Tada! And that’s how you get your N.I.E done in less than 3 hours (in the same day) without a headache or heart attack… well sorta. You actually receive a temporary N.I.E on this sheet of paper and in 40 days you have to come back with that paper to the Comisaria de Policia and pick up your N.I.E card.

Little slip of paper that has my temporary N.I.E number that I bring back in 40 days

Last tidbit for today’s blog. I went to the Unicaja near my apartment because it seems like there’s Unicajas everywhere in Malaga. The nice kind man told me that all I needed to open a bank account is that sheet of paper with your temporary N.I.E, the copy of the sheet of paper that states you paid the €15, your nombramiento letter and of course, your passport.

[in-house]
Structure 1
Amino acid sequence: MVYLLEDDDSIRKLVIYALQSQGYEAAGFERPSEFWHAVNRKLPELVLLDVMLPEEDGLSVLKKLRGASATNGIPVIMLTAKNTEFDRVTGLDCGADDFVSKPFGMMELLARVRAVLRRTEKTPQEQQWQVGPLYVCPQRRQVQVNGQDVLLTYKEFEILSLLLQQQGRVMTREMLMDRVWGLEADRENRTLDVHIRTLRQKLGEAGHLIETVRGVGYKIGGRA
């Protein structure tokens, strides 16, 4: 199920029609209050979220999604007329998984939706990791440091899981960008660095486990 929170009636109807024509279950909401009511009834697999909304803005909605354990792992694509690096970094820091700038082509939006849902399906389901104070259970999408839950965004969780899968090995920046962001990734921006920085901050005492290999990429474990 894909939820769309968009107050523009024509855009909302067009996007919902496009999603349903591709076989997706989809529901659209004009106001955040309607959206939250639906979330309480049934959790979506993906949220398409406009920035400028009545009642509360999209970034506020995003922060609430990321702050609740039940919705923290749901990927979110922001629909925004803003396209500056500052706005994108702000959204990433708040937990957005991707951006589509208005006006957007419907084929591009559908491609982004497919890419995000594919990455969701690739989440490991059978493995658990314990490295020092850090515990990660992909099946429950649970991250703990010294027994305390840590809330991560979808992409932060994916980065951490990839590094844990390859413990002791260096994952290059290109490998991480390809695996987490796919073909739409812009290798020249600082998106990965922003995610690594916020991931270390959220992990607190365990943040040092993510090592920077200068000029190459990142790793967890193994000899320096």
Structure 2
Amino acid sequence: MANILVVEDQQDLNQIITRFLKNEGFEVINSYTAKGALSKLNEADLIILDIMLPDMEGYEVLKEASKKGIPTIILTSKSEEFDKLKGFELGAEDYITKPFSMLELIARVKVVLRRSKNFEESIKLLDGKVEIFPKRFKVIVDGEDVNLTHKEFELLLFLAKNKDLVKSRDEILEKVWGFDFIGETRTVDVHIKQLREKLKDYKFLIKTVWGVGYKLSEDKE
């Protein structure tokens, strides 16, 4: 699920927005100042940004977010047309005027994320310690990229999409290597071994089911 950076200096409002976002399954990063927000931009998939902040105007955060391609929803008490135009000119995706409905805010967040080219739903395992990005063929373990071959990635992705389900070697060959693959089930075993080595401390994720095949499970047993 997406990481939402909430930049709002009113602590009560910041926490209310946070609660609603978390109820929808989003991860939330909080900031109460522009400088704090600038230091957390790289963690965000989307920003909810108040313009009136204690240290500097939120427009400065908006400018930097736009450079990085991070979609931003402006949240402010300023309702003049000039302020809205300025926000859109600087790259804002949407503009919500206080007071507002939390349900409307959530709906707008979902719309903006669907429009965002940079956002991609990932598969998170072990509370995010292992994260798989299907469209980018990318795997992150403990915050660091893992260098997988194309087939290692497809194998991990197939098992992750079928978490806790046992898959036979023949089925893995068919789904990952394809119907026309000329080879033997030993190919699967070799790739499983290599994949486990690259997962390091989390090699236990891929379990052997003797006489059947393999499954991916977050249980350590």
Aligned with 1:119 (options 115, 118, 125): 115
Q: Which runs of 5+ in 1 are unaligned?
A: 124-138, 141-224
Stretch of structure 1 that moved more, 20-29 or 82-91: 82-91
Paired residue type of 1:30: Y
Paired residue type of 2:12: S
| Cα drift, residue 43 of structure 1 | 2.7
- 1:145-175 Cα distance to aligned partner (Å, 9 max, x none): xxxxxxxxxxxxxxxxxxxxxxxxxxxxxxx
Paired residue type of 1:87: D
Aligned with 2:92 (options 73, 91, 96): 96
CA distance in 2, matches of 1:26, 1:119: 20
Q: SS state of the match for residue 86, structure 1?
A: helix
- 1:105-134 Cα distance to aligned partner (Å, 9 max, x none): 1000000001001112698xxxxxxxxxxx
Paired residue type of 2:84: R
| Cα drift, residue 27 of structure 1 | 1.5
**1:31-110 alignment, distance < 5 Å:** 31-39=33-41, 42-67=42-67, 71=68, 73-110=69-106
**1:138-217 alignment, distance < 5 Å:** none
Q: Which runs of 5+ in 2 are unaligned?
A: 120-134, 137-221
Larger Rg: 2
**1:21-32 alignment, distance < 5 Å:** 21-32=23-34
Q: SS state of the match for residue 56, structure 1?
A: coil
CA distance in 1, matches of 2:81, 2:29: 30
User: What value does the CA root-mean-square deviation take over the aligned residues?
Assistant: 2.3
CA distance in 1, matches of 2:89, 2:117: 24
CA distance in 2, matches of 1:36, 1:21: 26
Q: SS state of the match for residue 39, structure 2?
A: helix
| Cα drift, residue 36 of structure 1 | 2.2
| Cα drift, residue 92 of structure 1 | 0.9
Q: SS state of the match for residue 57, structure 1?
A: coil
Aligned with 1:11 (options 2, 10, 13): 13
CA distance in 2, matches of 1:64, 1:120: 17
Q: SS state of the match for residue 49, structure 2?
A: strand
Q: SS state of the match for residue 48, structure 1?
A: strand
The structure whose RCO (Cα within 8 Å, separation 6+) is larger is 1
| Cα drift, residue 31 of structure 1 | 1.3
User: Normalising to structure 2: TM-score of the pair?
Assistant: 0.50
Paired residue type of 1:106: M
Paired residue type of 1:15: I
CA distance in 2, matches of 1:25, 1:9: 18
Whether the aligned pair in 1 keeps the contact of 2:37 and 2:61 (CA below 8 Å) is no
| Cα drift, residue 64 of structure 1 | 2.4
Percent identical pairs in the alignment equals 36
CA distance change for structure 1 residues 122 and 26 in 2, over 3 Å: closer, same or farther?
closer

Categories: Spain, Tips | Tags: , , , , , | 9 Comments

Calle Alvarez 10 Bajo

Advising new auxiliares: Do not stay in the hostel Residencia Malaga Backpackers unless you want to walk 30 minutes to city center and want chicken pox looking mosquito bites all over your body. No seriously, Nick’s whole upper body is filled with mosquito bites and it itches like a bitch.

After 3 exhausting days apartment hunting, we found our apartment on Calle Alvarex 10 Bajo! It’s in the historic center of Malaga and it’s about 5 minutes (not even) from all the cute bars and clubs. For only €599, we get a 2 bedroom 1 bathroom apartment full of IKEA goodies. For realsies, we went to IKEA the other day and we saw the exact model of our kitchen on display. Even better, instead of having a cute tiny terrace, we have a courtyard in the middle where we’re made it into our honorary hookah lounge/drying our clothes space. We also have a closet room (not normal over here) where we’ve put all our luggage and chucherias. Between Lenny, Lori, Nick and I, we’ll probably spend about €180 euros per person in rent and bills like water, electricity and internet. Te presento nuestro piso nuevo: